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From the Archives:  Working Through "Piecing The Piece O' Cake Way" in Six Months - Published July 31, 2015

From the Archives: Working Through "Piecing The Piece O' Cake Way" in Six Months - Published July 31, 2015

If you're anything like us you love quilt books! Even though we each have tons of quilting and sewing books, we can't resist buying new ones. But sometimes it's worth it to revisit those old favorites. Here's a classic from all the way back in 2007 - Piecing the Piece O' Cake Way, by Becky Goldsmith and Linda Jenkins.

You may know Piece O' Cake by their fun and colorful applique designs, but this piecing book is also great. Becky and Linda give a lot of clear and helpful tips and advice and there are a lot of photos to give you examples. The book would be great for beginning quilters, as it covers everything from rotary cutting to color choices to binding. Even more seasoned quilters would probably find it helpful as a refresher course or just a good reminder of how to do the basics! Another thing we love about it is that it is spiral bound so it stays open to the page you're on.

The book is divided into sections based on common shapes in quilting, and includes patterns for each shape. Becky and Linda have each pattern done up in different colorways to show you the variety you can achieve just by changing the fabrics. 

Kris made her quilt, Word Up, for July - a log cabin in aqua, lemon-yellow, and gray toned fabrics featuring text.  The log cabin blocks worked up fairly quickly, especially since this quilt is on the small side, and Kris chain-pieced the blocks so it was even quicker than if she made up each block individually.  To make it a little more modern, she left out the outer border and arranged the blocks into an alternative "lightning" assembly with a zig zag at the bottom. One thing to remember if you make this quilt is that you need to be accurate with the quarter-inch sewing seam (Becky and Linda tell you this, but it's worth mentioning again).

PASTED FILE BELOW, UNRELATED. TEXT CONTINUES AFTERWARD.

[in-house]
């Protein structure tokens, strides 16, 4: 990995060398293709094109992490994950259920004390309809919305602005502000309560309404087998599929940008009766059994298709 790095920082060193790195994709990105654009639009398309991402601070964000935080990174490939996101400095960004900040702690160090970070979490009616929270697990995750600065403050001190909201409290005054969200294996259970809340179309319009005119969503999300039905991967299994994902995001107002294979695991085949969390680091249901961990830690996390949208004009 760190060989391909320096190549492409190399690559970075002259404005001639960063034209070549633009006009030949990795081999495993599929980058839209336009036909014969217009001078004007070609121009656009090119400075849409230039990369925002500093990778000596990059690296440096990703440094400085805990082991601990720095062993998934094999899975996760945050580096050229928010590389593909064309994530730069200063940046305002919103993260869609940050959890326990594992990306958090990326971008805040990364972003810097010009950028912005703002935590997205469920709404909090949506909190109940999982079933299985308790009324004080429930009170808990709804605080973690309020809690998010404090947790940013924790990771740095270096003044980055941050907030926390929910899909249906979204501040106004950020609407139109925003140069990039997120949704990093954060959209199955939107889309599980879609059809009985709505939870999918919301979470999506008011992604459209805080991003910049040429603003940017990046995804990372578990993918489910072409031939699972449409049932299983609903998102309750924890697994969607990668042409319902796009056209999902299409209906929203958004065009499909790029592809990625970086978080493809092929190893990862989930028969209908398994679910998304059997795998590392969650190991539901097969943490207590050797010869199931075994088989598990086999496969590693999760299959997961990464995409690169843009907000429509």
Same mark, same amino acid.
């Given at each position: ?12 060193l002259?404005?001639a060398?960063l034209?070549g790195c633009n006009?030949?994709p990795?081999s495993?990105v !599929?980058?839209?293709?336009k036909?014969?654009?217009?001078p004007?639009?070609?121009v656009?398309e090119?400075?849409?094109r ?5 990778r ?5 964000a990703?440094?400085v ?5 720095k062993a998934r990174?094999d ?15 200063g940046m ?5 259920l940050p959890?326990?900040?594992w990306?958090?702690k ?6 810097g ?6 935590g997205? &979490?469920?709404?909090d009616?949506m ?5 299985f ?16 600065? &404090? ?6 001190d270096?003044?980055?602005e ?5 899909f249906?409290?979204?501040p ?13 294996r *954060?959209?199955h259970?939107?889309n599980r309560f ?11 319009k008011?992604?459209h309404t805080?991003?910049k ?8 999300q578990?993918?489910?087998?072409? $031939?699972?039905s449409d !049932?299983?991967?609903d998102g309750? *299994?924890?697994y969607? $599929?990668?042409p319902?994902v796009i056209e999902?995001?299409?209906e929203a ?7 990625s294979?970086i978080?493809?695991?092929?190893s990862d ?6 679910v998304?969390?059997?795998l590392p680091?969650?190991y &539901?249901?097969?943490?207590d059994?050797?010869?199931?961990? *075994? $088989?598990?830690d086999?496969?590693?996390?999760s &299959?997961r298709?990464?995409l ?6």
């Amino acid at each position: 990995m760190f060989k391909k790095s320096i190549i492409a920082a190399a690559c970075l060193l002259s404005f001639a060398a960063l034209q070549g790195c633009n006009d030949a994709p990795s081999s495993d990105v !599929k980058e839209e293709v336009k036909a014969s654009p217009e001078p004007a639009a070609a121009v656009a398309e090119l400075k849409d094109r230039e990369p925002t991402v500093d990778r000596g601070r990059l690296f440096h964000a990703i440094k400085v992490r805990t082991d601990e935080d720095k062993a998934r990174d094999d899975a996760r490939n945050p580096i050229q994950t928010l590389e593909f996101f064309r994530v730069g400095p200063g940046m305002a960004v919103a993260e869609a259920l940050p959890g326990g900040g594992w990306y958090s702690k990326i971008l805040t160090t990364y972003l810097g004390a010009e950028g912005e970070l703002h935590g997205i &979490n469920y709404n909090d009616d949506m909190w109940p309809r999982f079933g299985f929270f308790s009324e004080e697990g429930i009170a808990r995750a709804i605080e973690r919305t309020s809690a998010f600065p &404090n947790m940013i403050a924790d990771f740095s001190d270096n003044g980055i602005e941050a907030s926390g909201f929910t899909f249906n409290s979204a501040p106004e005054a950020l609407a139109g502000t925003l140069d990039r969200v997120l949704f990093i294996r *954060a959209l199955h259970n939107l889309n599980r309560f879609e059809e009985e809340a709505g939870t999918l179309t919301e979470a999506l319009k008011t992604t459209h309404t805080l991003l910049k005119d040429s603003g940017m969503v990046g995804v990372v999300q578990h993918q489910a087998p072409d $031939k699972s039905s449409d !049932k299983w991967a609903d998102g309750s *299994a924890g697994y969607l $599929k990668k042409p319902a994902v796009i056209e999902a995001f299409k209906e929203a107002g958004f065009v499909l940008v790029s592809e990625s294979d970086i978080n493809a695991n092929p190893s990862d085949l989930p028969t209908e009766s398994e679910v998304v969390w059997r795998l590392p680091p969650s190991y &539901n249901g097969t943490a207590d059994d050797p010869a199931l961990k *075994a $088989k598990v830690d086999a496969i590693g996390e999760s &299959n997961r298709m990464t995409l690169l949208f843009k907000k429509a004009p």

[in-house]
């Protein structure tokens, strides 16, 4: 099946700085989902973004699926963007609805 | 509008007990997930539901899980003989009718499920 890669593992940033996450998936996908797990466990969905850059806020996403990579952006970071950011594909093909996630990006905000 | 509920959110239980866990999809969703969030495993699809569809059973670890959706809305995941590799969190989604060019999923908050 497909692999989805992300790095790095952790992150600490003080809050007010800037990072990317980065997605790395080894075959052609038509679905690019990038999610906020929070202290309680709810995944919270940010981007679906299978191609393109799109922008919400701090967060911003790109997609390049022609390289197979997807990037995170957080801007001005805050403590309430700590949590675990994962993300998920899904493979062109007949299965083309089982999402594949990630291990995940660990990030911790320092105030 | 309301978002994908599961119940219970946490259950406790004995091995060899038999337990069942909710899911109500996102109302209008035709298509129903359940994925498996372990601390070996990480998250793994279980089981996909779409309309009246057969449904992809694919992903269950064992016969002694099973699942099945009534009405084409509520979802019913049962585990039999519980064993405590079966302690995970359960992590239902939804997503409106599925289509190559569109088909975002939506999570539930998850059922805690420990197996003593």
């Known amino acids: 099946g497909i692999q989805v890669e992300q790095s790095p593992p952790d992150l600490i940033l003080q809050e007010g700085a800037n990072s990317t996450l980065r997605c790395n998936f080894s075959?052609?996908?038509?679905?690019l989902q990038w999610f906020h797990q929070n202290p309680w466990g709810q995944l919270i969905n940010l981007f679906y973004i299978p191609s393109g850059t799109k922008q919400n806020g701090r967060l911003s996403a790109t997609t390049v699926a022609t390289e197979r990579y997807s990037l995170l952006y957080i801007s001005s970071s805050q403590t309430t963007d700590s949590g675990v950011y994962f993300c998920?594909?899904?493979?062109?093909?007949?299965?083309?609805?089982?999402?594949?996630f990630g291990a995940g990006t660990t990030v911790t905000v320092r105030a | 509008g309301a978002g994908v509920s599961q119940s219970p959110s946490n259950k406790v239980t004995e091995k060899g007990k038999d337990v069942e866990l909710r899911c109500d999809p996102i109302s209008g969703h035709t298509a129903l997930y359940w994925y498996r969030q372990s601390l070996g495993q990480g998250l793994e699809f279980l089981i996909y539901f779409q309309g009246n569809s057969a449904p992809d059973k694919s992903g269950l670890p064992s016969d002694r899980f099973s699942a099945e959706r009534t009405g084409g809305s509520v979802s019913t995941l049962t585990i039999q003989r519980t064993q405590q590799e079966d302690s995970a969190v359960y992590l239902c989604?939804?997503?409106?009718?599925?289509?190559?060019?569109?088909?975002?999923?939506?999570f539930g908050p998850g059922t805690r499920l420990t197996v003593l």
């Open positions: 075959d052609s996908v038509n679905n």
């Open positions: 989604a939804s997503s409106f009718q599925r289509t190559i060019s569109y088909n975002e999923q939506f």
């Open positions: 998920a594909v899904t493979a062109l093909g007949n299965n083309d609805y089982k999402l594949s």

One of our favorite parts of quilting is the fabric selection process. There are so many awesome fabrics and color combinations out there, the possibilities are endless!  Kris wanted the light half of the log cabin blocks to use fabrics that either had lettering or crosshatching in them in light tones that read as gray when you looked at them from far away.  Kris chose aqua blue fabrics for the other half of the blocks, and luckily we had all of these in the shop! 

Cutting was fun and easy:  just line up the strips and cut them at the specified lengths!

Another aspect of this quilt that makes it fast is chain piecing.  Just start with the center square, and add the next piece for all 48 blocks. Cut the blocks apart (because when you chain piece, they are all attached in between blocks), press seams open, and do the next row of strips. 

When you're all done, you should have 48 blocks looking similar to the one pictured below.

Once you have the blocks joined into rows, and the rows joined into a complete top, you can put your quilt sandwich together and choose how you want to quilt it.  Kris used a thick yellow jeans-weight thread for the gray section and a lighter-weight aqua in a squiggly meandering pattern for the aqua section.

And here's the back side of the quilt, quilted with white thread.

Once the quilt was quilted, the binding was attached and machine-sewn to the front, and hand-sewn to the back.

Voila!  A quick crib-size quilt that looks more complex than it really is.  Thanks for the lesson, Becky and Linda! 

We'll be working our way through Piecing the Piece O' Cake Way for the rest of the year, one quilt a month. Stay tuned for August where Becca will work through the Squares section with a nine-patch quilt using Essex Linen and lots of great Denyse Schmidt fabric! 

- Kris

From the Archives:  June Sandwich of the Month - Hero Sandwich! - Published June 9, 2015

From the Archives: June Sandwich of the Month - Hero Sandwich! - Published June 9, 2015

From the Archives: New Year, New Finished Projects! - Published January 8, 2016

From the Archives: New Year, New Finished Projects! - Published January 8, 2016